The Food and Drug Administration wants to make obsolete paper-based distribution of prescribing information to prescribers of drug and biological products.

In a recently proposed rule, FDA wants to change its labeling requirements “to require that the prescribing information intended for healthcare professionals be distributed electronically and, with few exceptions, not in paper form.”

The FDA’s goal is to make sure that labeling information is as updated as possible, as by their nature paper forms may not contain the most current information. “FDA is taking this action to ensure that the most current prescribing information for prescription drugs will be available and readily accessible to healthcare professionals at the time of clinical decision making and dispensing,” according to the proposed rule.

Exceptions to electronic distribution of  information under the proposed rule would include patient labeling including package inserts and medication guides, prescribing information accompanying promotional labeling, and in certain cases were electronic distribution may be unsafe, technically infeasible or inappropriate. “Examples of circumstances where it may be appropriate to exempt a product include a product intended for use in an emergency room or a product that may be stockpiled for an emergency.”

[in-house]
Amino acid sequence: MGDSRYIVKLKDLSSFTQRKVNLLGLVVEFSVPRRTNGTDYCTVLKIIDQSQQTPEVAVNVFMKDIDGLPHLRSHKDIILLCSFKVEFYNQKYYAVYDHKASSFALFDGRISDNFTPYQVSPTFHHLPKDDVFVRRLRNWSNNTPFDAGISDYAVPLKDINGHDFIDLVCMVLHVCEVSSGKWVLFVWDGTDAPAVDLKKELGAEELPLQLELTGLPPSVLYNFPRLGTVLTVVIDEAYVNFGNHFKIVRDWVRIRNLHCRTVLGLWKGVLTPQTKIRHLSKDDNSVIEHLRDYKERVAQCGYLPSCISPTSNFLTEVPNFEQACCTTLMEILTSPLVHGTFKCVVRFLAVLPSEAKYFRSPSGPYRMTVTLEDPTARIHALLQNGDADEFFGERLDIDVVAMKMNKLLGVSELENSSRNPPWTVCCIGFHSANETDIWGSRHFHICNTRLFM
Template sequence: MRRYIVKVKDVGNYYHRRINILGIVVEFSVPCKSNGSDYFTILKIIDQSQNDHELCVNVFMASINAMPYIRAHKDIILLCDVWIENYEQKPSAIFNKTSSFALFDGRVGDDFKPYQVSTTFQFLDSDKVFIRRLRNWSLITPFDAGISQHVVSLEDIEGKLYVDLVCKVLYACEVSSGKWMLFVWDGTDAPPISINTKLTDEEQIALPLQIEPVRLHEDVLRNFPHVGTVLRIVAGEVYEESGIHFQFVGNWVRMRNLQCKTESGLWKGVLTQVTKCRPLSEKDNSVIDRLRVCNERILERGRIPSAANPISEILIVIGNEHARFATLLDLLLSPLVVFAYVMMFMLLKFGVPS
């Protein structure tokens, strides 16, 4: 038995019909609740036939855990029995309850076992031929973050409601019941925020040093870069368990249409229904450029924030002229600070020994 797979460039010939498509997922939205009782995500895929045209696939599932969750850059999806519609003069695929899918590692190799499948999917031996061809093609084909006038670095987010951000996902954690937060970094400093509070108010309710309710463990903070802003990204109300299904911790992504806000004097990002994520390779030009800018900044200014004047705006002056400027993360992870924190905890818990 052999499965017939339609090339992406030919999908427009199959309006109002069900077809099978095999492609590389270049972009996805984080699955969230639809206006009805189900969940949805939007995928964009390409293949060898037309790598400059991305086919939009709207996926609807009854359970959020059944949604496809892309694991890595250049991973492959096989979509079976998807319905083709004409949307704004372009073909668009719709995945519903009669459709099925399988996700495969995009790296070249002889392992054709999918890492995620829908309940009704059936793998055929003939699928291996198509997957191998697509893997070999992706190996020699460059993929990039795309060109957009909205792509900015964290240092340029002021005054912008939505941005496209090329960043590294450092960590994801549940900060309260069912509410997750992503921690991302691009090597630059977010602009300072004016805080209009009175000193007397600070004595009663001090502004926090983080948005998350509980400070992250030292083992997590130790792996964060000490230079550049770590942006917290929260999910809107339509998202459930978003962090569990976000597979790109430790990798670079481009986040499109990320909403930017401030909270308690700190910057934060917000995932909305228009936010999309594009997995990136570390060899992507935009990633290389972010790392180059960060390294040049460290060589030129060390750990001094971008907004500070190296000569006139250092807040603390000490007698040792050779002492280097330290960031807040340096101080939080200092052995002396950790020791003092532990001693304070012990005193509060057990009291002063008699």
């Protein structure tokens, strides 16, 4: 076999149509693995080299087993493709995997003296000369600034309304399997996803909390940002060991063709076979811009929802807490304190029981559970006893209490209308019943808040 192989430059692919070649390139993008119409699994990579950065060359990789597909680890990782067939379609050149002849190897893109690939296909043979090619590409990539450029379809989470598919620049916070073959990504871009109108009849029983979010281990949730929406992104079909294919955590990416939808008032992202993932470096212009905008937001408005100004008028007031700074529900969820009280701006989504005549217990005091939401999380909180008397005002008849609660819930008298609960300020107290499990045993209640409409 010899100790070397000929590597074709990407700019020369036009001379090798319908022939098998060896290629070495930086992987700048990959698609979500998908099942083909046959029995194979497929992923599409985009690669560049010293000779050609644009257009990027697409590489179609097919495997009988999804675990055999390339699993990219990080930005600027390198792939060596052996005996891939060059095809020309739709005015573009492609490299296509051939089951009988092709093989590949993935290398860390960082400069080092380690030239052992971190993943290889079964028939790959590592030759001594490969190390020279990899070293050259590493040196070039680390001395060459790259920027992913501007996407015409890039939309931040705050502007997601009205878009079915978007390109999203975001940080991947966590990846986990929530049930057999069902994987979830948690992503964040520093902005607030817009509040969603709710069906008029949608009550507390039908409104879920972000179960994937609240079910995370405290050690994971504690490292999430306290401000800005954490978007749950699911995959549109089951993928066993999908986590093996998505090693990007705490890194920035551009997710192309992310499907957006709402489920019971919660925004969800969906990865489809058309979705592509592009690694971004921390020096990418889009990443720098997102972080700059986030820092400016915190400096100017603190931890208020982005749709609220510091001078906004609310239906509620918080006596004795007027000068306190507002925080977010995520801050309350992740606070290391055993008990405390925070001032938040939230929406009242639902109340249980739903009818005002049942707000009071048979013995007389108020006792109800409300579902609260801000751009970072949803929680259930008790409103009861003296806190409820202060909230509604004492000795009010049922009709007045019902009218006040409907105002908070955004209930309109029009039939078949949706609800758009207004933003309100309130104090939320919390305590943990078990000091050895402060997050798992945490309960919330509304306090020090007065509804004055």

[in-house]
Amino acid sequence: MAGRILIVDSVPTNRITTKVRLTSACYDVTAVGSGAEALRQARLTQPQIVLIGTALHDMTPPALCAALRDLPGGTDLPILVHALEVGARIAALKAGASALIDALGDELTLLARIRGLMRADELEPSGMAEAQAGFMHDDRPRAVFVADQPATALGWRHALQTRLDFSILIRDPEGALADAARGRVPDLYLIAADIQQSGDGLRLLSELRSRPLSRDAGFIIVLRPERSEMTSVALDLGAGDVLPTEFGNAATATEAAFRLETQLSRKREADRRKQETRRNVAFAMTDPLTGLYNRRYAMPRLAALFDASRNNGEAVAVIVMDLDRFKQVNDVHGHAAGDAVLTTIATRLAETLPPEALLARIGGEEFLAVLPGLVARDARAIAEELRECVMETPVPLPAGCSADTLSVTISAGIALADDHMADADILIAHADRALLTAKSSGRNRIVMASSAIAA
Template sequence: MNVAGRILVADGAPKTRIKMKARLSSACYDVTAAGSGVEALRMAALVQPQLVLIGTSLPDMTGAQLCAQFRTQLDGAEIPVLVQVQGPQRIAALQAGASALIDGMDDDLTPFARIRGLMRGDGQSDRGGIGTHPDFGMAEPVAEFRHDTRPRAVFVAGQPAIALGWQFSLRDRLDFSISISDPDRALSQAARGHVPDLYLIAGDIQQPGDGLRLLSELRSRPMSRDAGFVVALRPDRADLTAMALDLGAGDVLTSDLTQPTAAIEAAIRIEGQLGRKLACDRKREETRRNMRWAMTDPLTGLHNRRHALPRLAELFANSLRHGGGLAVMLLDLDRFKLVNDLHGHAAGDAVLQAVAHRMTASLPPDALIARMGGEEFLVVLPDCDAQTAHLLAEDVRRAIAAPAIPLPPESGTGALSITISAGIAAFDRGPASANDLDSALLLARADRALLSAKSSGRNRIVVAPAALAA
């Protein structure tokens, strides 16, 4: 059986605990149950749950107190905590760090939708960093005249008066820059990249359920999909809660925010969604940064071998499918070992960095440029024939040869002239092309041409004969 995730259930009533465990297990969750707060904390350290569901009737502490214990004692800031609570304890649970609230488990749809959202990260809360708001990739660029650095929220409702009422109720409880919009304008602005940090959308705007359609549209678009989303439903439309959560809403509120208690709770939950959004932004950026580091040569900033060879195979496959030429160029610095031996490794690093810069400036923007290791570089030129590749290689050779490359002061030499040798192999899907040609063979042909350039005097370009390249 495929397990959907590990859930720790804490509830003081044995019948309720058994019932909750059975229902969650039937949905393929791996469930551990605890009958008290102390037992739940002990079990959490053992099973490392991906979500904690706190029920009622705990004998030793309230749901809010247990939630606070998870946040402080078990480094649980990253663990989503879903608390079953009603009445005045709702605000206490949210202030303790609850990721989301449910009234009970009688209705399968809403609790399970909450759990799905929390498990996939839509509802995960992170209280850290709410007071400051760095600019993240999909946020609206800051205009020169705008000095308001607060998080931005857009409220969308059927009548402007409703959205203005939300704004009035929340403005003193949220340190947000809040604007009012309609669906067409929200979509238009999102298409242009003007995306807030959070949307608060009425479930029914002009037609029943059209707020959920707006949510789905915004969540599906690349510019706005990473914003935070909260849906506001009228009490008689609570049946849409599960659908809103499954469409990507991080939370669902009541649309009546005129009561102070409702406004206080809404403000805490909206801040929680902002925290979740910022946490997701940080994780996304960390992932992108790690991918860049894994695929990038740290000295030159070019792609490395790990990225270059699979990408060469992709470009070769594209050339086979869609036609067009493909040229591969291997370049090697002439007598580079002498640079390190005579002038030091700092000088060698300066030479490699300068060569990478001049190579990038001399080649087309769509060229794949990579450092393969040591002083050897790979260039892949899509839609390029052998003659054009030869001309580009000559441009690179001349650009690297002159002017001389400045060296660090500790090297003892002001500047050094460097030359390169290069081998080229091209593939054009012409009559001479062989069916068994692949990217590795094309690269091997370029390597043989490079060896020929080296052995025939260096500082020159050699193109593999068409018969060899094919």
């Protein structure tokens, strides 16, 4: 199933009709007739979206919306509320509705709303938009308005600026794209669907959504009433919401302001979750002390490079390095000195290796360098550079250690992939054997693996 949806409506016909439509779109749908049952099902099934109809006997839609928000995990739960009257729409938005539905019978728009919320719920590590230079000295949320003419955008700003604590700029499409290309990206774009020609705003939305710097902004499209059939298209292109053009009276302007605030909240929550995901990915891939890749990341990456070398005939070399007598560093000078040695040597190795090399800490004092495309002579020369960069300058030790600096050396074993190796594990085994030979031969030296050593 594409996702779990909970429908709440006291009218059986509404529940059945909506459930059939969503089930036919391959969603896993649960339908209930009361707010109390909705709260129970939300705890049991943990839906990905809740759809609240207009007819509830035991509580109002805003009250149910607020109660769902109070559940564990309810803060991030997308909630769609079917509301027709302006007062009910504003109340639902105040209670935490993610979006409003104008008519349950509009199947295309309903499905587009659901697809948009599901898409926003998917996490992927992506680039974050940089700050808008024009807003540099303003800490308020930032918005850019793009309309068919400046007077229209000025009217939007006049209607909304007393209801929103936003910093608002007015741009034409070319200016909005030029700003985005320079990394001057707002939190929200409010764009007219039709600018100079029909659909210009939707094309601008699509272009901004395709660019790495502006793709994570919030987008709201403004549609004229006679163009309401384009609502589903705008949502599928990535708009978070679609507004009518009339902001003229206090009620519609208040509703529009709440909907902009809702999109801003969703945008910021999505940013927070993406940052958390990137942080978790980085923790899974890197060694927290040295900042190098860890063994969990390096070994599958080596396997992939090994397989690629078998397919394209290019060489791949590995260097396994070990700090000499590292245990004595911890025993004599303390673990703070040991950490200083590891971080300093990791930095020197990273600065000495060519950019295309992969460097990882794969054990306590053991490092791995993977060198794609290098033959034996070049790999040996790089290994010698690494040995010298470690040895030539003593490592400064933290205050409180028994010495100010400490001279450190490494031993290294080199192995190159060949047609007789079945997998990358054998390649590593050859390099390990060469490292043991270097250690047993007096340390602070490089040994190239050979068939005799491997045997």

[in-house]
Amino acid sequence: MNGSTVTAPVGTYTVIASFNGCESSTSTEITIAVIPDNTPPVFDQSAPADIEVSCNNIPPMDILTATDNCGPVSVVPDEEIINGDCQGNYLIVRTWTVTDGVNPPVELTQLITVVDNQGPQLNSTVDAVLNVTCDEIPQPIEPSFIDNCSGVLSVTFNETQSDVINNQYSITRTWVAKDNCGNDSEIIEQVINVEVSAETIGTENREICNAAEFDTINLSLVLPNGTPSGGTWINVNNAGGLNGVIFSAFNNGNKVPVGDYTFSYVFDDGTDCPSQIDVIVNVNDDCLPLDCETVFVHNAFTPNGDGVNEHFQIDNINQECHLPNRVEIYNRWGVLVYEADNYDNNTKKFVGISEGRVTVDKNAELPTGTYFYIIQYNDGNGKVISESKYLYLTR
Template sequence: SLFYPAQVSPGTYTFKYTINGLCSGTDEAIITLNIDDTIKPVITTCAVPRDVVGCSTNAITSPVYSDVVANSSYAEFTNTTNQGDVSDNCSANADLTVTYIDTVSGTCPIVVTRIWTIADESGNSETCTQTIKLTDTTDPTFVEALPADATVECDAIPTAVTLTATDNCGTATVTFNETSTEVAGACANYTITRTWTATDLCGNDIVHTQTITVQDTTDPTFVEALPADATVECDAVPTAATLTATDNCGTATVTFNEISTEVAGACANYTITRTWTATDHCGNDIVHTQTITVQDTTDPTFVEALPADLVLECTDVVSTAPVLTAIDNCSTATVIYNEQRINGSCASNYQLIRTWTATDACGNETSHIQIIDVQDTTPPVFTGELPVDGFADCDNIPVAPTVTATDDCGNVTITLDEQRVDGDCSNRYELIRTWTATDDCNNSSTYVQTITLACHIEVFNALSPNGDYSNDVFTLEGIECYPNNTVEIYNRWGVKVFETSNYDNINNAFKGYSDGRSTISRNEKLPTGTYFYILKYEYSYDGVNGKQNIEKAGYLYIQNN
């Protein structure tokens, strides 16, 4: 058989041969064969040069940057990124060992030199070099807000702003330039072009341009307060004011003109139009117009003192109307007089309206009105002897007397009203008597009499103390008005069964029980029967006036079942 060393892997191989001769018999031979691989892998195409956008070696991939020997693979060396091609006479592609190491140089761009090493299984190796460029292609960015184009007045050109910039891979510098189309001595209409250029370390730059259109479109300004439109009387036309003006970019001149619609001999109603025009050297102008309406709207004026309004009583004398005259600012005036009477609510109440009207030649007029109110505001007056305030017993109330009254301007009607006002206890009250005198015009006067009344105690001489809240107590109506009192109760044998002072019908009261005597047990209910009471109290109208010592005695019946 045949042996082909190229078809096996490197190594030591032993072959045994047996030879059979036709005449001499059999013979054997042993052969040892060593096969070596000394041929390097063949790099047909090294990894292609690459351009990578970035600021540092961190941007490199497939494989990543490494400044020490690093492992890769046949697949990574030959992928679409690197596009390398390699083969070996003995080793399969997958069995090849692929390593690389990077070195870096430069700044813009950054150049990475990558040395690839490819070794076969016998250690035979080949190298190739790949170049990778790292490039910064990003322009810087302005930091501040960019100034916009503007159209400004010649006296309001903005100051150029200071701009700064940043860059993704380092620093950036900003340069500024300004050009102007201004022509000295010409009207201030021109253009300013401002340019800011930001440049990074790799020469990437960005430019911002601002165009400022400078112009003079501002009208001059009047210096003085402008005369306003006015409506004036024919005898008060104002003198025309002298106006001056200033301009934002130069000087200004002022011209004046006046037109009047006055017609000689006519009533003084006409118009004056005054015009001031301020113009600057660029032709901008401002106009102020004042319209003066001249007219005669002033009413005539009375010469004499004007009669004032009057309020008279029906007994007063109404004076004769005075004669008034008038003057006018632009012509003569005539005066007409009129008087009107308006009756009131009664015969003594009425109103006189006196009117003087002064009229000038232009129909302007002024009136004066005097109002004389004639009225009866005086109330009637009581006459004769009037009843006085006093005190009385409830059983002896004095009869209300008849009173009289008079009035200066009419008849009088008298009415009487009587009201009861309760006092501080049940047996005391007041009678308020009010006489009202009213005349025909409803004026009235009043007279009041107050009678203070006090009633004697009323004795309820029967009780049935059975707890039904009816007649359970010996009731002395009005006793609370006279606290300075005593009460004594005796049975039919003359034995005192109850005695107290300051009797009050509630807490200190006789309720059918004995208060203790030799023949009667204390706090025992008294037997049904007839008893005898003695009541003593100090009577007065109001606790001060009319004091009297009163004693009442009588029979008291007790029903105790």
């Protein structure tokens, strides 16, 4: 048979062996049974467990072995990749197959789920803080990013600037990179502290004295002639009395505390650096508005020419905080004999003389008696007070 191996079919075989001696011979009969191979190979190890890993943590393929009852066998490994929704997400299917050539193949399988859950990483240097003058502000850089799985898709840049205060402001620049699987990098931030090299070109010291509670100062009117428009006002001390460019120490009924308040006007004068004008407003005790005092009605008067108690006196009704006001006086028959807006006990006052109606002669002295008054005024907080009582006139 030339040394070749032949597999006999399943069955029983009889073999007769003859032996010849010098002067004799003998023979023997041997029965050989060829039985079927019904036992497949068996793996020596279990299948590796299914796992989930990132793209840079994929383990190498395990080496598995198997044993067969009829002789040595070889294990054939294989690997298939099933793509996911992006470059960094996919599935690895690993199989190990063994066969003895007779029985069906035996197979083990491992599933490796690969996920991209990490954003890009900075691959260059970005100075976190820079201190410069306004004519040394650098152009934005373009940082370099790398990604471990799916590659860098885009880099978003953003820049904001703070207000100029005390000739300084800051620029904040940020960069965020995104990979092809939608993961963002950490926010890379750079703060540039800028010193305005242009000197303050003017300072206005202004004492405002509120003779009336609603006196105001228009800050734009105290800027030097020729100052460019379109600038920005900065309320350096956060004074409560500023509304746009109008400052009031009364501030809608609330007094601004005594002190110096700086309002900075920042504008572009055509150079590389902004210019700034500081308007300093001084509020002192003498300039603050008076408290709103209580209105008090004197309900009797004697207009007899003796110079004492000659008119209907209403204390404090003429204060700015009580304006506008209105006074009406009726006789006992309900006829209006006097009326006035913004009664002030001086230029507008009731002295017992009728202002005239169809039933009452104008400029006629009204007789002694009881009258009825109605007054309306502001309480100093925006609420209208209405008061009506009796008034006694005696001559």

Under the proposed rule, manufacturers would submit prescribing information for posting on FDA’s labeling repository website each time a change is made in a label. The product container label and packaging would have statements directing prescribers to the website.

FDA estimates manufacturers will save $52-$164 million annually, and pharmacies will incur annualized costs of $47-$89 million. The 22-page rule is available here.

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